Along with the release of the Envy, Axiom Discs coupled their initial release with the Axiom Discs Alias. The Alias is a smaller diameter midrange with a very straight flight. If you’re a fan of MVP, it is easy to wonder how the Alias lines up along side MVP’s Tangent and Axis. They all share some characteristics, but the Alias can stand alone.
Axiom Discs says this about their first midrange:
The Alias is a straight-flying placement midrange similar to the popular Tangent, but with a bit more high-speed stability. This point-and-shoot midrange has the ability to lock into straight lines and hyzers, as well as pan out of high anhyzer shots and shallow helix lines. The Alias simply goes where it is sent.
Axiom Discs sent us an Alias to test out and we could easily see the similarities to the Axis and Tangent. If the Axis, Tangent and Alias were brothers, the Axis would be the first born, the Tangent would fall in last and the Alias is clearly the middle child. While it can be tough to be the middle child at times, the Alias has a clear spot in this family.
All three discs share the same core, but the rim is different for the trio. The Alias isn’t quite as fast as the Axis, but is faster than the Tangent. In our tests with the Tangent we noted a very controllable flight that was slightly shorter than other midranges.
Right away we saw a very familiar flight with the Alias, but it was slightly longer. If you’re a Tangent thrower, take that flight that you experience and make it just a little longer. If you were frustrated with the distance you were getting with the Tangent and wanted a little more, the Alias could be the ticket.
The Alias has enough speed to be a typical workhorse type midrange, but isn’t too quick at the same time. It is a disc that you can reach for often and get predictable results. It will come out of your hand quickly and easily reach a cruising speed before flying on a very straight flight path.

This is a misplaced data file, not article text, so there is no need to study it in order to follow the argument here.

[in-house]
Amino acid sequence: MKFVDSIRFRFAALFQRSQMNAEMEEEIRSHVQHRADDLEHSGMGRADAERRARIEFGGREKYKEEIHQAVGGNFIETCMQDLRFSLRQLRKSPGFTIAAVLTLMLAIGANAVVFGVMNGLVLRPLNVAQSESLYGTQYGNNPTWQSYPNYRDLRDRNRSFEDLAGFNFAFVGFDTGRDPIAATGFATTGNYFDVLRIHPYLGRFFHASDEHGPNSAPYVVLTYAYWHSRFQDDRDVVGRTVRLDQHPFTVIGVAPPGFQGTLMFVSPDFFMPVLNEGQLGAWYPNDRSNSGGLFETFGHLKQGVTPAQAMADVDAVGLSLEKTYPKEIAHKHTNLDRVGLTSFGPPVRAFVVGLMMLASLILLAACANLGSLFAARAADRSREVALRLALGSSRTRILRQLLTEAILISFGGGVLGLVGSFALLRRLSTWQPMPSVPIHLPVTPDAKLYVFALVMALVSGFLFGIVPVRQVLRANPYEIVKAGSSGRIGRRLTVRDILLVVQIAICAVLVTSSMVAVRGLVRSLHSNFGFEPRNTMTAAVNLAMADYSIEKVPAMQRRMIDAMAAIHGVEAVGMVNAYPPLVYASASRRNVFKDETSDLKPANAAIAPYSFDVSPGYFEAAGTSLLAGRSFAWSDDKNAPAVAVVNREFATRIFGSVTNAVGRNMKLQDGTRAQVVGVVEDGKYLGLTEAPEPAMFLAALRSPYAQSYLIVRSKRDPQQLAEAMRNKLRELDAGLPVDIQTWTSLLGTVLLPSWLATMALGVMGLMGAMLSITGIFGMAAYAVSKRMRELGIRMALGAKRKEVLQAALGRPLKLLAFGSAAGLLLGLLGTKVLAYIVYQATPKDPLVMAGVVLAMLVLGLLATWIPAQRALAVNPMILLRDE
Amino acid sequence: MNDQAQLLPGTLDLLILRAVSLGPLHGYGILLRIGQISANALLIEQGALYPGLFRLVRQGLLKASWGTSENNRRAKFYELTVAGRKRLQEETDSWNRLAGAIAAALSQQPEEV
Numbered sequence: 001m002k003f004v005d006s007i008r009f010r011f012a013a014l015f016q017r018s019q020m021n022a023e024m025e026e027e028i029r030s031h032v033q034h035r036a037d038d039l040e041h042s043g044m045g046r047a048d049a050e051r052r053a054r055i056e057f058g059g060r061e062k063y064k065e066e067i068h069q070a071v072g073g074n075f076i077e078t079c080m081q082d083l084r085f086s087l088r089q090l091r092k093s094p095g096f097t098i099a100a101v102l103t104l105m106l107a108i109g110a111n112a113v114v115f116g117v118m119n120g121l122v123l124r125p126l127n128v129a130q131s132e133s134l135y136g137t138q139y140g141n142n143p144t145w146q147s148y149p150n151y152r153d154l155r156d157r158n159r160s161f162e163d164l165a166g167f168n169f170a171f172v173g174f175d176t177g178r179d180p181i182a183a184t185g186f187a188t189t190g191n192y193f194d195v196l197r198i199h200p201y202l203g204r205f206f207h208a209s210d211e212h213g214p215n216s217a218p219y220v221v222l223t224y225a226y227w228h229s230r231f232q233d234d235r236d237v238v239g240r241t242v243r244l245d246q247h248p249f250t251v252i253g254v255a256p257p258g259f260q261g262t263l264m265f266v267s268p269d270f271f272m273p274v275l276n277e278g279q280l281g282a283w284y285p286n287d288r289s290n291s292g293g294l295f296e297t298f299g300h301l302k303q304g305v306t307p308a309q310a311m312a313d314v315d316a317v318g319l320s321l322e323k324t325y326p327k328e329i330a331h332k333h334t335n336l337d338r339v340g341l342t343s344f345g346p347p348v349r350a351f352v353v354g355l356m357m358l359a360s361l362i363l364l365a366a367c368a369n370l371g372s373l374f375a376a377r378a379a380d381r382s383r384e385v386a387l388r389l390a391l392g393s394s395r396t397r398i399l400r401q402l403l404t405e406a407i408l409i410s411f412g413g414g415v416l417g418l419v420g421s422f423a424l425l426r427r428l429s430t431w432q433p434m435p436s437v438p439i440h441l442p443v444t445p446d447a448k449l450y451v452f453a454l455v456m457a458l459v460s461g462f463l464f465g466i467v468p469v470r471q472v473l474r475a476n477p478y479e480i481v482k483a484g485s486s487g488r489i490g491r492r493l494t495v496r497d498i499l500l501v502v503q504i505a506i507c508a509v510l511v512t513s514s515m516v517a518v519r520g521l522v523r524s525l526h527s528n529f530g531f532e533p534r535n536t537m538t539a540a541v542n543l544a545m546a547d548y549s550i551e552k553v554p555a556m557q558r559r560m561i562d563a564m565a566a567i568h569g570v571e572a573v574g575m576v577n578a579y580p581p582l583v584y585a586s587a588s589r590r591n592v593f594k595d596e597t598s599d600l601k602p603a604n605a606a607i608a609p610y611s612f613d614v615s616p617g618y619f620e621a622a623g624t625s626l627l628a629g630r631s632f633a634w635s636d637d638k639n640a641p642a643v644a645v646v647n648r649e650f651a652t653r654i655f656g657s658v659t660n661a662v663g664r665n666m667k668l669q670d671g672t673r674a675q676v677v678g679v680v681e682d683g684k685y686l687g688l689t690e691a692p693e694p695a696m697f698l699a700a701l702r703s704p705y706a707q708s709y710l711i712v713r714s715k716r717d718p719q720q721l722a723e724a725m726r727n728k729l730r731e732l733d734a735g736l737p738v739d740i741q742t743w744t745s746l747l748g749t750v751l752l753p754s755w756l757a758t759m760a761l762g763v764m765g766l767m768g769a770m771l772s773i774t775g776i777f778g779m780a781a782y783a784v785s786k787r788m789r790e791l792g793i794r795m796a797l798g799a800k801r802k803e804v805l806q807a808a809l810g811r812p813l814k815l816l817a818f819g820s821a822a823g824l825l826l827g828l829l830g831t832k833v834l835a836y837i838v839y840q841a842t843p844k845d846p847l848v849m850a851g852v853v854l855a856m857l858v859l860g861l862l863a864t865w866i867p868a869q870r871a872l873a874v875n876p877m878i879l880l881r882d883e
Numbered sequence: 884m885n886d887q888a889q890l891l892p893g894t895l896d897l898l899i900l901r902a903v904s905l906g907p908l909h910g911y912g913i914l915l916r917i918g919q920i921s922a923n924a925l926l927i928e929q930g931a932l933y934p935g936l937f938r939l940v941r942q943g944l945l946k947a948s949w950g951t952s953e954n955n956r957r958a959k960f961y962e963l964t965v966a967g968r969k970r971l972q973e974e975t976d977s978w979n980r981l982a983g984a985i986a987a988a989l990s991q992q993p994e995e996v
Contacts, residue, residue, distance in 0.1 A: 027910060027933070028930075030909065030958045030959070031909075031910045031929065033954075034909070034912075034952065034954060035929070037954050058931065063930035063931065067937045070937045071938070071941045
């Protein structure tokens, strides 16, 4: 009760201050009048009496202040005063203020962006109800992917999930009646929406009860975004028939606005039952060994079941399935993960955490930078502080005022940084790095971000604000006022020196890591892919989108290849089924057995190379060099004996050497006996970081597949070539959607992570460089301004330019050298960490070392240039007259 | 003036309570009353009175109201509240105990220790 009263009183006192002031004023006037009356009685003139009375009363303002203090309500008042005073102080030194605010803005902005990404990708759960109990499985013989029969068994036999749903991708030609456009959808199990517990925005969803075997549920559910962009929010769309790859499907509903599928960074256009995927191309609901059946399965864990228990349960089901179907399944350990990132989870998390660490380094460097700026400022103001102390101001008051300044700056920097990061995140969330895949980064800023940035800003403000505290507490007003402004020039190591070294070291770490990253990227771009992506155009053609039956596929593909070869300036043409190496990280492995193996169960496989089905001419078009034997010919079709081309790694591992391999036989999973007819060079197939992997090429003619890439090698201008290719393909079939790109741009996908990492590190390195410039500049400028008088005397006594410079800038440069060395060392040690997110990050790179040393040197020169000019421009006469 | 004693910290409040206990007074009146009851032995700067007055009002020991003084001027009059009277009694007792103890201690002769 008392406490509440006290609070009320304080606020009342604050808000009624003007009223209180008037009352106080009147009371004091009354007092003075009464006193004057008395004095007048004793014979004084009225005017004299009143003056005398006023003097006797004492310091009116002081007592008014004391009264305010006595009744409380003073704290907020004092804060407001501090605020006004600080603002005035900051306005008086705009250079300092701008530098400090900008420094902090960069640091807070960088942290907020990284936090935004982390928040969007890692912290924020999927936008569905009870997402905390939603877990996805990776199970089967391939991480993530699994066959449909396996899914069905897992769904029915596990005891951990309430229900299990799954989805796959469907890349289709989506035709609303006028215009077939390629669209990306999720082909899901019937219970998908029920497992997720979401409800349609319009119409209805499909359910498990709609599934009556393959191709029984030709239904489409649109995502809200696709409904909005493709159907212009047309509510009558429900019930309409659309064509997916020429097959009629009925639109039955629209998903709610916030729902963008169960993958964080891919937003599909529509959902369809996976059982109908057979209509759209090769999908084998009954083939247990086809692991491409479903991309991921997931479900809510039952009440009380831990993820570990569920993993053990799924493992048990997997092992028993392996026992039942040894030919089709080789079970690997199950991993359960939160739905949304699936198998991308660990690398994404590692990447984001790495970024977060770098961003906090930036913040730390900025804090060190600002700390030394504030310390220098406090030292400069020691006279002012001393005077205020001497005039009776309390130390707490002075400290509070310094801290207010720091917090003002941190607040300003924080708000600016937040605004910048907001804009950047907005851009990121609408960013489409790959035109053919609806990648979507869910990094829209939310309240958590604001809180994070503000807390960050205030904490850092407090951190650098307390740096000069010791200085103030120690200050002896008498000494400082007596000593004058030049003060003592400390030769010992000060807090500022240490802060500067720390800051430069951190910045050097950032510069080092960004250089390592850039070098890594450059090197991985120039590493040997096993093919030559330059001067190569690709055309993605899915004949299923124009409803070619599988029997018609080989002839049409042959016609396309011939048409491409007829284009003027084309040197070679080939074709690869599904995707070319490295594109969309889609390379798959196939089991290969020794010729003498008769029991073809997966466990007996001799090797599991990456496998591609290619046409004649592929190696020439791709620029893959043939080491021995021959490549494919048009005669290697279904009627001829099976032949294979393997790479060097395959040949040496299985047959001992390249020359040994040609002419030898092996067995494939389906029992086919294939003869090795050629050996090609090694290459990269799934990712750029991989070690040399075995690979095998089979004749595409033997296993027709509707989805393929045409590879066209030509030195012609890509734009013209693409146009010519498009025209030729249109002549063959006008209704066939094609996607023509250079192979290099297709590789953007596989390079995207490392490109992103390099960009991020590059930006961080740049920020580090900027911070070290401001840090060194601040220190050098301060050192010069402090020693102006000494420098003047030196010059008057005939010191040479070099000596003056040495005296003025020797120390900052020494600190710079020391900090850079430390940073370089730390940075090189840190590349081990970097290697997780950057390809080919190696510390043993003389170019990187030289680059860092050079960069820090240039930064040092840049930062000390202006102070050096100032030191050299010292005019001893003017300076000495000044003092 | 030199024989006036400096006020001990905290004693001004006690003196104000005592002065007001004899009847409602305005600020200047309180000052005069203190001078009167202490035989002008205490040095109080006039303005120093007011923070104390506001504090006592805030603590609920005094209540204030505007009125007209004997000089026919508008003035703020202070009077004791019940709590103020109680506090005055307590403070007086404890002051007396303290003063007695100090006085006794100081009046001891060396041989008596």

Axiom Discs notes that the Alias is a little more stable than the Tangent and we would agree with that. It isn’t overstable by any means, but it does not have as much turn. Expect a little turn out of the Alias which really allows you to treat it as a point and shoot type disc. If you need shot straight ahead, short little hyzer shot, or a small sweeping anhyzer, the Alias can do it for you. Just enough turn followed by just enough fade.
The fade of the Alias is slim, but enough to break it it out of a turn and make it return back to center. You won’t have to worry about the Alias fading too far away. It is a very straight disc from start to finish.
Overall, we’d rate the Axiom Discs Alias at 4.75, 4.25, -1, 1. It is slightly faster than the Tangent, but not quite the same speed as the Axis. It has a slightly above average amount of glide and enough turn and fade to give you great control and produce a very straight flight.
The flight chart from inbounds Disc Golf shows this understable to neutral flight we have talked about. If you need to give it a little hyzer on release, it will flip up nicely and fly on a very straight line.
The Axiom Discs Alias is a midrange disc that you can lean on for most holes. With a very straight flight, the Alias will remind people of both an MVP Axis and Tangent. The Alias slots in nicely right between the two. If you’ve been wanting a slightly longer Tangent with a very similar flight, the Alias is the ticket.
I love reading your reviews. Just a thought, it would be nice to see the profile of every disc you do a review…. Literally cut a disc in half, snap some shots.
Brett – you can find those on the MVP/Axiom websites. Don’t know about other manufacturers, but I think you’d like those websites – great information on the various discs.